Power Management

Richard Hughes hughsient at gmail.com
Fri Jun 8 09:51:00 EDT 2007


OLPC now uses the olpc-hardware-manager python service to do power
management tasks. This is not really suitable for long term use, and we
can't easily do clever things with this infrastructure.

I'm proposing to use OHM (ohm.freedesktop.org) to do the clever things,
and apply system wide policy. OHM has working code, and I'm currently
preparing a package for olpc. I've got some time now I'm interning at
Red Hat (and now I've finished my exams...). I want to integrate this,
and hopefully have a kick-ass solution that is long-term supportable in
as little time as possible.

OHM sits above HAL and lets HAL do the heavy lifting for reporting
events and doing actions. HAL is already packaged and being used for
OLPC. OHM is incredibly lightweight, and has a flexible compiled plugin
system for the rules, making it an ideal choice in my opinion. I wrote
most of the code, so consider my opinion very biased :-)

I'm thinking about system power management interactions for the OLPC. So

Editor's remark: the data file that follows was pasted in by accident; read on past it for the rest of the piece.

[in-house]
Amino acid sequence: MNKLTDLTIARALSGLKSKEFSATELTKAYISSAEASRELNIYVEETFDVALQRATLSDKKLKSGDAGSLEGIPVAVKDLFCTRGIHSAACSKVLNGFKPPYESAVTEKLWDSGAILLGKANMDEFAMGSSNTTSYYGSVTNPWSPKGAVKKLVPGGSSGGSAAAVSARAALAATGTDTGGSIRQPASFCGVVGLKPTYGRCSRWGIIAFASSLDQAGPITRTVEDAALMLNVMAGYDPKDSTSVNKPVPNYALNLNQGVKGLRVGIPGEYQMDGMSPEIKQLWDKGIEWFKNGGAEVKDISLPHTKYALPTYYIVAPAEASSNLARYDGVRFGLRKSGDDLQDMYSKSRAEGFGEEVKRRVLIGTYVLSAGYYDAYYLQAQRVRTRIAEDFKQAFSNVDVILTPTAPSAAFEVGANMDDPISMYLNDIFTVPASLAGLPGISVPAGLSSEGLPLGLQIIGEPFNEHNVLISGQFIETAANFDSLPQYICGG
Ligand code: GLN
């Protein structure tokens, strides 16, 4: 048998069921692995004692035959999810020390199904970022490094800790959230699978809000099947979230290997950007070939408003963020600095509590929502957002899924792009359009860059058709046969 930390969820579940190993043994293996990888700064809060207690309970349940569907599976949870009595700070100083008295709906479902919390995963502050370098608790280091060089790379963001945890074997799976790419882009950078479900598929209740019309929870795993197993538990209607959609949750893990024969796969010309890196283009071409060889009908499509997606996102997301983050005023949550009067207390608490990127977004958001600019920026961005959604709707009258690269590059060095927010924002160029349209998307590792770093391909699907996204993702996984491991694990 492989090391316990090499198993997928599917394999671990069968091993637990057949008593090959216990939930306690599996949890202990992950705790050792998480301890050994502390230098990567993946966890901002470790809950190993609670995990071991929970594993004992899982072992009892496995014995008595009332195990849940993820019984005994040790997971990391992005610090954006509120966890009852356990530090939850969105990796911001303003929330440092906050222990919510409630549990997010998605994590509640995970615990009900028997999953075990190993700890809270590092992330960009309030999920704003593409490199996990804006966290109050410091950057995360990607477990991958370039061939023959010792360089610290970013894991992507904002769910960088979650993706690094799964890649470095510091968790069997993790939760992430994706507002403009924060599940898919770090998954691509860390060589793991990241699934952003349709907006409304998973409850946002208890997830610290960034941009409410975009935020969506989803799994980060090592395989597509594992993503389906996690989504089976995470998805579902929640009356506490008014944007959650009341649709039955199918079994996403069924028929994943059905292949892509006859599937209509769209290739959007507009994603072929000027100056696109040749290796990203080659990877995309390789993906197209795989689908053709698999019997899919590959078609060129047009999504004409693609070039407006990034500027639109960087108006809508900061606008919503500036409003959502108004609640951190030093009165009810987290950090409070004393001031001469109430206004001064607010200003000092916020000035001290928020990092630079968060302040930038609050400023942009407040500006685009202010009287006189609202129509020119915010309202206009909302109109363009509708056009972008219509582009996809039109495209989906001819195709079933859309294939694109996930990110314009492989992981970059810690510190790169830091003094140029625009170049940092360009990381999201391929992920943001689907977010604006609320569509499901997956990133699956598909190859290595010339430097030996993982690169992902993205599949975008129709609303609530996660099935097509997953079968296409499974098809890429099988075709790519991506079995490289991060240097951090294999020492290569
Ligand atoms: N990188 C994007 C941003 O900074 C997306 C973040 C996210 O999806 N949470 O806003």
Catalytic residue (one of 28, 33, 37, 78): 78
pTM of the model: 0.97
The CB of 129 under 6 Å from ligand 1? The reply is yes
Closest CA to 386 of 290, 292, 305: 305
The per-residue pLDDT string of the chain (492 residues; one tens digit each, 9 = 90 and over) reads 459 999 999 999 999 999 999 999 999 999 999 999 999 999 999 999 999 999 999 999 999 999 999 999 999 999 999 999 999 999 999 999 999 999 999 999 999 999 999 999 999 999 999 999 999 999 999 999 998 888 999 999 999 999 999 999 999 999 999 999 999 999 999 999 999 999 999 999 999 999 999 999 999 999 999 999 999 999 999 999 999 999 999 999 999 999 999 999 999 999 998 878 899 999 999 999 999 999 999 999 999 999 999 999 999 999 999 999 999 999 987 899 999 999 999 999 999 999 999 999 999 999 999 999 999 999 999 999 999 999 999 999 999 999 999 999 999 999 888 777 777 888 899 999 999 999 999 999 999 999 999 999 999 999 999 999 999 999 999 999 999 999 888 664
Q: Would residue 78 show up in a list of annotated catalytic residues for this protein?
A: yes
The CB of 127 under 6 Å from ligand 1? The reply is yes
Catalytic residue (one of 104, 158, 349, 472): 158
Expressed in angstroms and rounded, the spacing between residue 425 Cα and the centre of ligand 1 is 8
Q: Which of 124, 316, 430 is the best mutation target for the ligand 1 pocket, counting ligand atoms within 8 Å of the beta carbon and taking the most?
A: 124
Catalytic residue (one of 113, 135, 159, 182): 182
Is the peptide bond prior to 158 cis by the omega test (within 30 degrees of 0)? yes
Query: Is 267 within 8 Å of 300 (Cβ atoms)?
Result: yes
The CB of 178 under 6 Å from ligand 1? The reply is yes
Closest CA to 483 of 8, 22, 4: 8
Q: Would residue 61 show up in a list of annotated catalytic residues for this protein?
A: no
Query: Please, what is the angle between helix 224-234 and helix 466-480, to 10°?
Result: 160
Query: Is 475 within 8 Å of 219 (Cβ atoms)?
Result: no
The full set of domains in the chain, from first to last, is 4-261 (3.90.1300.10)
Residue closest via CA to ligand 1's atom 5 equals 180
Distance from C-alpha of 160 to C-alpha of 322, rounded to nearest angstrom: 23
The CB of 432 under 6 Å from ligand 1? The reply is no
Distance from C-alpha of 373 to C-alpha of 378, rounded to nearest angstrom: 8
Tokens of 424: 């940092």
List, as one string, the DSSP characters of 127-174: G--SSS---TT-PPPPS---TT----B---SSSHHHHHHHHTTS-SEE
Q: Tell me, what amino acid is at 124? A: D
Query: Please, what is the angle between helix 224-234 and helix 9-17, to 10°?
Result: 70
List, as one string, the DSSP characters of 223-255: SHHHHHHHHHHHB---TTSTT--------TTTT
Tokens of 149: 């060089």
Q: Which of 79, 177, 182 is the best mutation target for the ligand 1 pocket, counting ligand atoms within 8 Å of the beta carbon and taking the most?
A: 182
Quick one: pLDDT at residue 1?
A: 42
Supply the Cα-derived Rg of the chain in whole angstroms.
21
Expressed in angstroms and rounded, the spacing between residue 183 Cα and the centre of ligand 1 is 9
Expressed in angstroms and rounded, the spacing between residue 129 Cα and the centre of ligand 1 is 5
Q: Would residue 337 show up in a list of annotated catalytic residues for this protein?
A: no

far I've got:

• When system idle for > 10 seconds and on battery we dim screen to 40%
• When system idle for > 30 seconds we turn the screen off
• When system idle for > 1 minute we suspend, assuming we have no
inhibits and CPU load is low
• When AC removed reduce brightness by 20%
• When battery power < 10% turn of wireless
• When battery power < 2% then shutdown
• When the lid is closed then turn off screen and suspend
• When battery power < 30% and not on AC then tell applications to use
low power mode (low quality video, only essential tasks)
• When the power button is pressed then save state and shutdown (we
probably should hibernate... can we do this yet?)
• If we interrupt the screen dim or power-off, then the time to dim is
doubled (task)
• If we are inhibited (system update) we do not auto-suspend
• If the ambient brightness is very high (outside mode), switch the
panel into reflective mode

I've been talking much to cjb and dwmw2, and of course blizzard, and
they have given me much of the hardware information I need.

Suggestions, feedback and cool feature ideas welcome,

Thanks,

Richard.




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